We don’t often associate winter with air conditioning, but some parts of Australia get damn cold during the cooler months. That’s when reverse cycle air conditioning comes into play, allowing you to blast your home with delicious warm air and defrost your poor fingers and toes.
But what is the ideal air conditioning temperature in winter? What should you set the temperature as on your remote control, to warm you up nicely without costing a fortune? Let’s find out.
The ideal air conditioning temperature in winter
As a rough guide, the ideal air conditioning temperature in winter is between 18-20°C. This should keep your home nice and comfortable while keeping energy costs to a minimum. It also varies slightly from state to state, and you’ll need to set the temperature slightly higher for colder states like Tasmania.
Here’s a full breakdown for every location:
Air con temperature
South east QLD
North east NSW
South west WA
South east NSW
North east VIC
But these numbers are also subject to change depending on a few factors. We explore these below.
What affects the ideal air conditioning temperature in winter?
How you experience the cold
If you’ve set your air conditioner’s temperature to one of the recommended numbers above but are still cold, if you can afford to, it goes without saying that you should turn it up. We all experience the cold differently depending on where we grew up, our levels of body fat, our gender, metabolism, and more. So if you’re feeling chilly despite having a thick jumper on, don’t suffer needlessly—turn up your AC by a degree or two.
Who is in your home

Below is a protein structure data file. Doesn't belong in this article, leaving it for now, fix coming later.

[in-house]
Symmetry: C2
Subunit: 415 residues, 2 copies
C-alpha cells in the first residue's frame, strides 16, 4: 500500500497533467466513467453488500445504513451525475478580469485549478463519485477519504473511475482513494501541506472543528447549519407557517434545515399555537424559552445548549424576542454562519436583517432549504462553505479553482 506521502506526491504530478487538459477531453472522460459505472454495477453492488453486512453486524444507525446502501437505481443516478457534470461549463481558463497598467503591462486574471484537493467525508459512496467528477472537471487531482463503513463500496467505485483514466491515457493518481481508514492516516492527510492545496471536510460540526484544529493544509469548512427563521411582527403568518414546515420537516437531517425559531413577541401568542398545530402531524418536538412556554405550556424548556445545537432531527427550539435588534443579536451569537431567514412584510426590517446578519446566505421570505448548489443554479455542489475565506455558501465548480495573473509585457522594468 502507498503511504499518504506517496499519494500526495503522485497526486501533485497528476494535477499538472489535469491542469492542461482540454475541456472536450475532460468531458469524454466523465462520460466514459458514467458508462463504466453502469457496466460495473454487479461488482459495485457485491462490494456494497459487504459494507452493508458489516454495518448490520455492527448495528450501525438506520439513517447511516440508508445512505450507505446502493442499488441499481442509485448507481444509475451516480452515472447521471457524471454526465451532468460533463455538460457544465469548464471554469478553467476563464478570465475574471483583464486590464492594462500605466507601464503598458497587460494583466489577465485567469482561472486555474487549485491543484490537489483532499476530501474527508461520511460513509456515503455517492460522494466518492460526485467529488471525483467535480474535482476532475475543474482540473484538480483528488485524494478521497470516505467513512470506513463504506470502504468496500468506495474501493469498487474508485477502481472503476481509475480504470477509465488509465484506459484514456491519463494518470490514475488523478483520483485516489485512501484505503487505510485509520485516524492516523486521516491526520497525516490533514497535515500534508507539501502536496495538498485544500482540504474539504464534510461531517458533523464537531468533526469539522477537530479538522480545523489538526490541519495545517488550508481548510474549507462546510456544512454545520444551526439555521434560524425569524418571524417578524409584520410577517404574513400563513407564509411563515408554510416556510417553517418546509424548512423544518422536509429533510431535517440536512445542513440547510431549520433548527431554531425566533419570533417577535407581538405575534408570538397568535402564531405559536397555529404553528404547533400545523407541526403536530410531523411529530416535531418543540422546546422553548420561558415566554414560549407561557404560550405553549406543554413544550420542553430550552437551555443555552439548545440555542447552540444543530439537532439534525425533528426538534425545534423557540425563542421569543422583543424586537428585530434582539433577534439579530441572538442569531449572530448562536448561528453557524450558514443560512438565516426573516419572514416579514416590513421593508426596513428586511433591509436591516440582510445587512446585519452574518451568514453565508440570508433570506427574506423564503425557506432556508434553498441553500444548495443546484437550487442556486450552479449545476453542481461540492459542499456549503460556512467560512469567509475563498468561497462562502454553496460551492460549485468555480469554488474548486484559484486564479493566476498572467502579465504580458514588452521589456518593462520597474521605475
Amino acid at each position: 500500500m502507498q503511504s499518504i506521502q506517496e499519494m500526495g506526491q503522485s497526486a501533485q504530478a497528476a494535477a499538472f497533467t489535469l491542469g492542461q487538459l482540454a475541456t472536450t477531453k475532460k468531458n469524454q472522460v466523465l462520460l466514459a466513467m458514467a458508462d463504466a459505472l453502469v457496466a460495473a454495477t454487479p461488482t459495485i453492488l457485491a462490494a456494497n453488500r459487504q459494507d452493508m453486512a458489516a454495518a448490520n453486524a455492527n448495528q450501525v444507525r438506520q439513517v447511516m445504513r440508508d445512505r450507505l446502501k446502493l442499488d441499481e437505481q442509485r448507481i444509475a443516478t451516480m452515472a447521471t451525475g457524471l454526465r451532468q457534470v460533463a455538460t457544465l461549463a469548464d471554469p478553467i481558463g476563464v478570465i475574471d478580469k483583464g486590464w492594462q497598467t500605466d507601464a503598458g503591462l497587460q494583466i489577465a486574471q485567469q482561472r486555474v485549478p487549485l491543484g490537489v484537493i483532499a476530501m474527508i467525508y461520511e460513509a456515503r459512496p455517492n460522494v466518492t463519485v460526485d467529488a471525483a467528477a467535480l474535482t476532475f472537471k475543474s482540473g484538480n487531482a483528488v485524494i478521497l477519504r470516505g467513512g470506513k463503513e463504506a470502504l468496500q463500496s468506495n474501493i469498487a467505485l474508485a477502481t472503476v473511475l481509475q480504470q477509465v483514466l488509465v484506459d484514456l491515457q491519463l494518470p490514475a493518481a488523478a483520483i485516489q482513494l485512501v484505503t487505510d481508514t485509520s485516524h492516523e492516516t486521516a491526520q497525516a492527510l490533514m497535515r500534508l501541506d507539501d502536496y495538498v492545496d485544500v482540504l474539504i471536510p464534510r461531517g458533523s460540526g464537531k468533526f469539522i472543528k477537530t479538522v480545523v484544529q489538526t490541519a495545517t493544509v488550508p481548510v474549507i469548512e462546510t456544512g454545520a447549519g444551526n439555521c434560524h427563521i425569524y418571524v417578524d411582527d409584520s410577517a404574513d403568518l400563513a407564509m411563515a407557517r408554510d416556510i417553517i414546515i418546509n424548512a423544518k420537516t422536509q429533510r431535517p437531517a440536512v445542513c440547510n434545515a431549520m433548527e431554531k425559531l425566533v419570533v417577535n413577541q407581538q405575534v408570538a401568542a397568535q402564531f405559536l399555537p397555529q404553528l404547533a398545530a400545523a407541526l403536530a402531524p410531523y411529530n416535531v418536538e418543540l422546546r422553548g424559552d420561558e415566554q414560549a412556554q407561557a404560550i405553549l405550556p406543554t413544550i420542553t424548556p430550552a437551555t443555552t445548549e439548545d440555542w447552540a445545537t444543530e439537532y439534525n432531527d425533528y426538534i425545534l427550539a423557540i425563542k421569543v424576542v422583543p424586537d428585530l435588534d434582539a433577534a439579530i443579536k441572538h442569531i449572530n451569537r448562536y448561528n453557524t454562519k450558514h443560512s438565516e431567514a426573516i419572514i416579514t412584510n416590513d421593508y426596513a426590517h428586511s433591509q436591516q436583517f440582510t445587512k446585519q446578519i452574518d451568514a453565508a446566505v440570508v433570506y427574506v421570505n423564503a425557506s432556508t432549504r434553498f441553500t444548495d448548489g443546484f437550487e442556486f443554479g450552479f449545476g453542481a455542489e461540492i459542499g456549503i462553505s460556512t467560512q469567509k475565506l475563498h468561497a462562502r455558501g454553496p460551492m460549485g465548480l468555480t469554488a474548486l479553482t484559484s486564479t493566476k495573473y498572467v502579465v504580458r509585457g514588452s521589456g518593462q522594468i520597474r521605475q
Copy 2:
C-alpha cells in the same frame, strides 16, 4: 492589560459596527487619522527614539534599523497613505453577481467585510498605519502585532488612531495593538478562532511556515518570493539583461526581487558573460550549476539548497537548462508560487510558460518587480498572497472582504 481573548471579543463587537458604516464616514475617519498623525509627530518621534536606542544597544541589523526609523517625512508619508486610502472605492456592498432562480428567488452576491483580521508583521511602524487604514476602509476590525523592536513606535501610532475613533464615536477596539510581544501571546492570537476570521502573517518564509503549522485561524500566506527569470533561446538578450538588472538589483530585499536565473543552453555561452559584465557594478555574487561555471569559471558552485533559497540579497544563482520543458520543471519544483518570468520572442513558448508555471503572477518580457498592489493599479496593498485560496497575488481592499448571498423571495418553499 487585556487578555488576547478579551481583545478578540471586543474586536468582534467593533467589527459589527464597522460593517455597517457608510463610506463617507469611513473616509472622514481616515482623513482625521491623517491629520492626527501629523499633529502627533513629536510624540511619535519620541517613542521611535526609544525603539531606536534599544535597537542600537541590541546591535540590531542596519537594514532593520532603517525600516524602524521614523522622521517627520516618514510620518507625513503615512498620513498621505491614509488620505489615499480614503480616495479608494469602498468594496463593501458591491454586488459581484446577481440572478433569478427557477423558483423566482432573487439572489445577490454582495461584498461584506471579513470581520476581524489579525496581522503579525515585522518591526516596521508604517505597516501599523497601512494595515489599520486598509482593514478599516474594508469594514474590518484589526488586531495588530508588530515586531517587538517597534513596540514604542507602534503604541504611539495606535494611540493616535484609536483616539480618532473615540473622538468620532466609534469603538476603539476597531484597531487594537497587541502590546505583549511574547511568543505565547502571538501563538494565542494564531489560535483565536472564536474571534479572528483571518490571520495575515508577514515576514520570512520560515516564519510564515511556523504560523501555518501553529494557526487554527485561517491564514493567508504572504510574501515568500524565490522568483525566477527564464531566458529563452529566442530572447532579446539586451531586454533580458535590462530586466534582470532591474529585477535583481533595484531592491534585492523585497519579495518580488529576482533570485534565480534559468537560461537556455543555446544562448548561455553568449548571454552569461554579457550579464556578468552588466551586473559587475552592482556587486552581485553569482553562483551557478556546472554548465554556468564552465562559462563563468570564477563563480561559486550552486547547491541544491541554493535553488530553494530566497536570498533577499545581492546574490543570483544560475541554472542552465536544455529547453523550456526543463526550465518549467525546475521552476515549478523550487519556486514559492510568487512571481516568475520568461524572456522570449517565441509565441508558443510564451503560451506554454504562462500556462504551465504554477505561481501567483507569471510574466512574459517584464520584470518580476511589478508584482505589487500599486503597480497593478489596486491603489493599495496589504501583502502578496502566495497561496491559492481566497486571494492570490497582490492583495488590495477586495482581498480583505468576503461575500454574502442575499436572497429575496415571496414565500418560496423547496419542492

If you have a fresh baby at home, you’ll need to be careful with the temperature because babies can’t take off layers of clothing if they get too hot. We recommend sticking to the temperatures listed above, but put your hand on the back of your baby’s neck to check whether it feels sweaty or cold. If it feels warm without being sweaty, the AC temperature is perfect.
Seniors are another age group that is more sensitive to temperature, particularly the cold. Older people tend to have a thinner layer of fat under their skin, which makes them lose heat more easily. So you may want to add a degree or two to the recommended temperature and ask whether it’s good for them.
Your home’s construction
The way your home is built and positioned will affect the AC temperature too. The following can change how well it retains heat in winter:
- Insulation—the amount and type of insulation you have in your home can massively affect the AC’s efficiency, and the temperature you need to set.
- Its orientation to the sun—if your house sits along an east/west axis, the sun will shine through your windows much more frequently, and provide natural warming.
- The number and size of windows—heat escapes from glass much more easily than brick and wood, so if you’re lucky enough to live in a home with lots of windows, you’ll pay for the privilege with a harder-working AC system. You may need to increase the temperature to keep things nice and warm.
- The colour of your roof—dark roofs absorb sunlight, and light roofs reflect it. This may affect how hard your AC system has to work to maintain a warm temperature.
Ultimately, the ideal air conditioning temperature in winter comes down to how you feel, and how much you’re willing to spend on your electricity bills. We hope you found this article useful—please get in touch with us if you’d like to discuss an air conditioning solution for your home or commercial property.
Want to learn more about suitable AC temperatures? Check out our article on the best air conditioner temperature for sleeping.
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